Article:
Vincent Resh has been a professor at UC Berkeley since 1975, has taught over 20,000 students, and is the recipient of the campus Distinguished Teaching Award. His research includes water-borne disease vectors, water-pollution assessment, and water policy. He has discussed science in the movies for newspapers, magazines, classes, and on radio. He is teaching "Science in the Movies" in our spring term.

Your course explores forbidden knowledge. What is that, exactly?

Basically, are there things that we shouldn’t be looking into? Theologians say yes, philosophers say no, and scientists are ambiguous. We’re going to explore films going back to Frankenstein and The Invisible Man, where they talk about things that should or shouldn't be investigated. I think movies really emphasize the hopes and fears that people have about science — films are often the first place where people wrestle with really tough concepts — and that can have a long-lasting effect on how people perceive scientific advances.

How hard is it for you to watch science in movies and not want to immediately comment on it?

One of the things I’ve never been too concerned about is the accuracy of what’s depicted on the screen. I accept that as the director’s prerogative. For example, there’s this film, The Day After Tomorrow, which deals with climate change. The science in it is so awful it's sort of hard not to talk about it. But one of the ironies is that despite how terrible the science was, the movie itself was so popular that NOAA [National Oceanic and Atmospheric Administration] started to promote it as a means of getting people interested in climate change. So, whatever works.

I'm really more interested in the sociology of how science is depicted. Take a movie like Contact which is, to me, the best movie about science ever made and you see the issues that scientists face in terms of how do you get funding for research that's risky and unpopular; how do you handle tyrannical professors; how do you deal with sexism and racism; who gets credit for discoveries and who gets forgotten. All of it.

What do films generally get wrong about the scientific method or, for that matter, right?

One of my favorite clips that depicts the scientific method — the idea of making observations and hypotheses and creating experiments to test those, and accepting or rejecting your original hypothesis — is from Monty Python's Search for the Holy Grail and the trial of a witch. An educator has used it to basically break down how the scientific method works. It’s really great.

That said, I can’t tell you the number of times I've heard scientists say when describing their own research, “I’ve heard about the scientific method, but I've never actually known anyone who did it.” Because in real science, you go back and forth. You modify an experiment over and over again to continue to test the hypothesis. It’s not a straight path forward. Most movies don’t capture that.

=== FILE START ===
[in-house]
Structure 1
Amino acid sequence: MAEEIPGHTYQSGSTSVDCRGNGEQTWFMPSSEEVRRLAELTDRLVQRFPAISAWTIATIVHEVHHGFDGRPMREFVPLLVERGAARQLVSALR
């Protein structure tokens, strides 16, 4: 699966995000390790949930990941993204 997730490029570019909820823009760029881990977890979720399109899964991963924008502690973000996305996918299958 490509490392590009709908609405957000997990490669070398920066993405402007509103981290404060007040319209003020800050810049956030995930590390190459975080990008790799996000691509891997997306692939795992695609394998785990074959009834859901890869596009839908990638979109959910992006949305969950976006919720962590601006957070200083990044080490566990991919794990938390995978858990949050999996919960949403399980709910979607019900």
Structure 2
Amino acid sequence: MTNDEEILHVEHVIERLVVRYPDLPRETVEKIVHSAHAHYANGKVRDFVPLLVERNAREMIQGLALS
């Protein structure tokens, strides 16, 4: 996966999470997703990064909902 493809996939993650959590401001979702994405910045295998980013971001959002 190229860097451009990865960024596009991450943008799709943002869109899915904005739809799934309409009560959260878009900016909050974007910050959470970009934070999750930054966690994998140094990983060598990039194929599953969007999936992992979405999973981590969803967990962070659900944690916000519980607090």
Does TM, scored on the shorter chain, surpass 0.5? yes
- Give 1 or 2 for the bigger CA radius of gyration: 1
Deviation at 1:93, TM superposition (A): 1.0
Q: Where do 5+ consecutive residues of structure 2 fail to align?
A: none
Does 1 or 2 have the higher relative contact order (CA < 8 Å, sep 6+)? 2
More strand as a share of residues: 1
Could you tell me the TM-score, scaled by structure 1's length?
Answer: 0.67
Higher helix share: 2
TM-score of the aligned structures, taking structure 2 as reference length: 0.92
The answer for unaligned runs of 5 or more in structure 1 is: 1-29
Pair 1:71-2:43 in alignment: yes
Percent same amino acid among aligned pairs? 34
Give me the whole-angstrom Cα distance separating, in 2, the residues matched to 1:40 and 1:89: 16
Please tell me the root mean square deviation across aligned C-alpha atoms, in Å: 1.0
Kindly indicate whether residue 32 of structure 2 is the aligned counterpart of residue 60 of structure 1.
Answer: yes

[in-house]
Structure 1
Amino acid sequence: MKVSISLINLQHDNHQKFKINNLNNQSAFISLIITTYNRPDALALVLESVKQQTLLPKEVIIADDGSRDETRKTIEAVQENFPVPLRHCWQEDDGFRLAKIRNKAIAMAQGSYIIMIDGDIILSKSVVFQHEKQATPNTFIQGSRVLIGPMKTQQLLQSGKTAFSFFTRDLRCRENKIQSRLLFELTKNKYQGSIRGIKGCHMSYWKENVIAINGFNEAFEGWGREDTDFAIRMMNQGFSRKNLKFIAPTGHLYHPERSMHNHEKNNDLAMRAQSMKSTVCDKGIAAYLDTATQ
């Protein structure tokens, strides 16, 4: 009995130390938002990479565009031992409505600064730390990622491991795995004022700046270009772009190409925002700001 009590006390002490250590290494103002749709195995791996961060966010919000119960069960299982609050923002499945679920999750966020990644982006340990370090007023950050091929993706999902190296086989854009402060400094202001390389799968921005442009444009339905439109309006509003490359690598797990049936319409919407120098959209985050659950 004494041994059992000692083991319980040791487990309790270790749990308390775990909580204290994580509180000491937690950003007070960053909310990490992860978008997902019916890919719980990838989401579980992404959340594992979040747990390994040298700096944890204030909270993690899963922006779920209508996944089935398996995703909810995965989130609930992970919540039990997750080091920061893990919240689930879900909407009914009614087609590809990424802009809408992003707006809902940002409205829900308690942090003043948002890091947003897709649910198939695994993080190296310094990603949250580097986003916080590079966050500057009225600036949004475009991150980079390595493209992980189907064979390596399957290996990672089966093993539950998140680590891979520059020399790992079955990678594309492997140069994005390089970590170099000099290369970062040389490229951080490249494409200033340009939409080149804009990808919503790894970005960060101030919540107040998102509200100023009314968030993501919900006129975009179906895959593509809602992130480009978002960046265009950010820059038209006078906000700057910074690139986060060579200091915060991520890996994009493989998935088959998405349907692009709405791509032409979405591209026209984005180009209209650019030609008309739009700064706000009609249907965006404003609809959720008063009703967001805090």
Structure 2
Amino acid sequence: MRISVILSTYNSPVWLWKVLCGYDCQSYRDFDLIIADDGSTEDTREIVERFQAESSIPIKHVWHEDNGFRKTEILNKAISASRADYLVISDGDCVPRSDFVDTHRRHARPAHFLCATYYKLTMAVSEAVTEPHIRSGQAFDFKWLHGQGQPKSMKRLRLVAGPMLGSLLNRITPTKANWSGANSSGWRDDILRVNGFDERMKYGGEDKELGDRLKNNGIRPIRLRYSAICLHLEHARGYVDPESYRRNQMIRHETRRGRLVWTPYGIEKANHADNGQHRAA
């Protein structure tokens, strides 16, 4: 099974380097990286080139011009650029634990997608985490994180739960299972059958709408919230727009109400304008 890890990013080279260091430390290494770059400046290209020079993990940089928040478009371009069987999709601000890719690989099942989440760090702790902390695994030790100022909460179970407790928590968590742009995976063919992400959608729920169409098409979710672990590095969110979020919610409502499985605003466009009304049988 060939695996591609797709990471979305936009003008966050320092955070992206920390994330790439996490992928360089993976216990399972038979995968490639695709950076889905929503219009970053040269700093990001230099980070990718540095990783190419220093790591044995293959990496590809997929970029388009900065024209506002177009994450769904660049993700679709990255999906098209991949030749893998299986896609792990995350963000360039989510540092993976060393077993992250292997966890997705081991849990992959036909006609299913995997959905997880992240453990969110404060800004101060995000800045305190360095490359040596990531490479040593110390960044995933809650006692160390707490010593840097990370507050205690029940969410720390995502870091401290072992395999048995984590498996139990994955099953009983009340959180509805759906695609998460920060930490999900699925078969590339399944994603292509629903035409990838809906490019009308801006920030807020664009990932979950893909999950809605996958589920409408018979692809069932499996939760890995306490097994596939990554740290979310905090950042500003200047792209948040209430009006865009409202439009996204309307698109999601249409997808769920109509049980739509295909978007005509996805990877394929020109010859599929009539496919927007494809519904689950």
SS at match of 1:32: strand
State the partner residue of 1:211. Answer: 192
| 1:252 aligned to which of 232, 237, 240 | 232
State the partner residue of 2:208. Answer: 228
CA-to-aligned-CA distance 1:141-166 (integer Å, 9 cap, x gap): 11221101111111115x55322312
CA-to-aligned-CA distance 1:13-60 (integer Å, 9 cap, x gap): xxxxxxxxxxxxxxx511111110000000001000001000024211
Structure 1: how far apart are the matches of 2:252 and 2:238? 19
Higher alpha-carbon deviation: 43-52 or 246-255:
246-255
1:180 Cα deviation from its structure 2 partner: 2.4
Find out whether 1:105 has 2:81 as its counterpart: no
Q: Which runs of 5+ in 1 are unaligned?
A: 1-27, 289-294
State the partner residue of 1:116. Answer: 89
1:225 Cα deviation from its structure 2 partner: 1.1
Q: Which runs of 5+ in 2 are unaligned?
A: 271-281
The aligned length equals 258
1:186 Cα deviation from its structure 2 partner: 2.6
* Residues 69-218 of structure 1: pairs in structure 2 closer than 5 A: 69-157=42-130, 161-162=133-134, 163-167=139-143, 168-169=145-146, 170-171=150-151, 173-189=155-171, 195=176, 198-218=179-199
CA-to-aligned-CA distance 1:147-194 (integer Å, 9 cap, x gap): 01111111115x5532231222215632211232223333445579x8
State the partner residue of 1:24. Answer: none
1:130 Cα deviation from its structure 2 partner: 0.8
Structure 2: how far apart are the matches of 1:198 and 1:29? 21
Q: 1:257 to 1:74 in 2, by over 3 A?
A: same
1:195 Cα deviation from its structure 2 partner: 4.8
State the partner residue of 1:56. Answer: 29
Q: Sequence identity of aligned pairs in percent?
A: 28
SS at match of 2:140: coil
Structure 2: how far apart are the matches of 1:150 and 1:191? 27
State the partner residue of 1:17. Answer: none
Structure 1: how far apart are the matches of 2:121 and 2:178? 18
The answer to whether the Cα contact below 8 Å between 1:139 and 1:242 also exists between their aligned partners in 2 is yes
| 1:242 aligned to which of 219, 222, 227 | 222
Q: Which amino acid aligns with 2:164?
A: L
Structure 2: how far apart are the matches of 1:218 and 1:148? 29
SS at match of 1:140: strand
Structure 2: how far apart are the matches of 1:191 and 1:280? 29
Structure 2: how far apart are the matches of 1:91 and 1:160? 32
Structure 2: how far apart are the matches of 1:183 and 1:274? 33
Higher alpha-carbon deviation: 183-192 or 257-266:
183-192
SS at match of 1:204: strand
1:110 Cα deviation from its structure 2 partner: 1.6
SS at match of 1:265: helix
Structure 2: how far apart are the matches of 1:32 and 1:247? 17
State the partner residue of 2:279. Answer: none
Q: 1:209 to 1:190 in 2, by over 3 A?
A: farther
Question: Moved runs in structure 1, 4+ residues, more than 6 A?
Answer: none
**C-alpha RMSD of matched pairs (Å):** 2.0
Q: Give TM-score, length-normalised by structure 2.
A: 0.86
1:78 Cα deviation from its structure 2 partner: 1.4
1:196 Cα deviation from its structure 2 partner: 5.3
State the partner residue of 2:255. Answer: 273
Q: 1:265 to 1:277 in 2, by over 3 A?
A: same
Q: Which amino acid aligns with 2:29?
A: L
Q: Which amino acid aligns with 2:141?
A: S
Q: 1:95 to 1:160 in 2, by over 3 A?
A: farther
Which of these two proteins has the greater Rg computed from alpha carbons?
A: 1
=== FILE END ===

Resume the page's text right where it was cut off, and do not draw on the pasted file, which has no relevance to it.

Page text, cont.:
Are there films that have had an outsized impact on inspiring future scientists?

I think movies that depict scientists working in nature have had a huge influence on people. I’m talking about the early classics like Born Free with the Academy Award winning song. It focused on this couple, the Adams, and their effort to save Elsa the lion. And, of course, there are films like Gorillas in the Mist, which centered on Dian Fossey and her passion for saving the gorillas.

Interestingly, that kind of approach to animal conservation — a kind of individual-as-savior approach — is not what we see in conservation today. Science has moved on. For example, Fossey was vehemently opposed to tourism but in truth having people actually see the gorillas and the money that has come from that tourism has done more to save the gorillas than anything else. I worked in Africa for 15 years for the World Health Organization so I tend to have very strong feelings about conservation and the need to get buy-in from local communities and to engage with people where they are. To invite input and interest, not shut it down. That’s how you make progress.

It's very appealing for films to emphasize the power of individuals to make change. But in reality, when you look at almost any discovery in science, it's a team that's done it. That's how science works mostly. It's a continuum of one discovery that builds on another and another and another.

Were there films you saw as a kid that that sparked your love of science?

When I was growing up, we always went to movies on a Saturday afternoon. Some of my favorites were classic cowboy movies where the big conflict was often about water availability and people’s competing needs for it. Today that’s part of the science I do. And maybe these movies were an influence!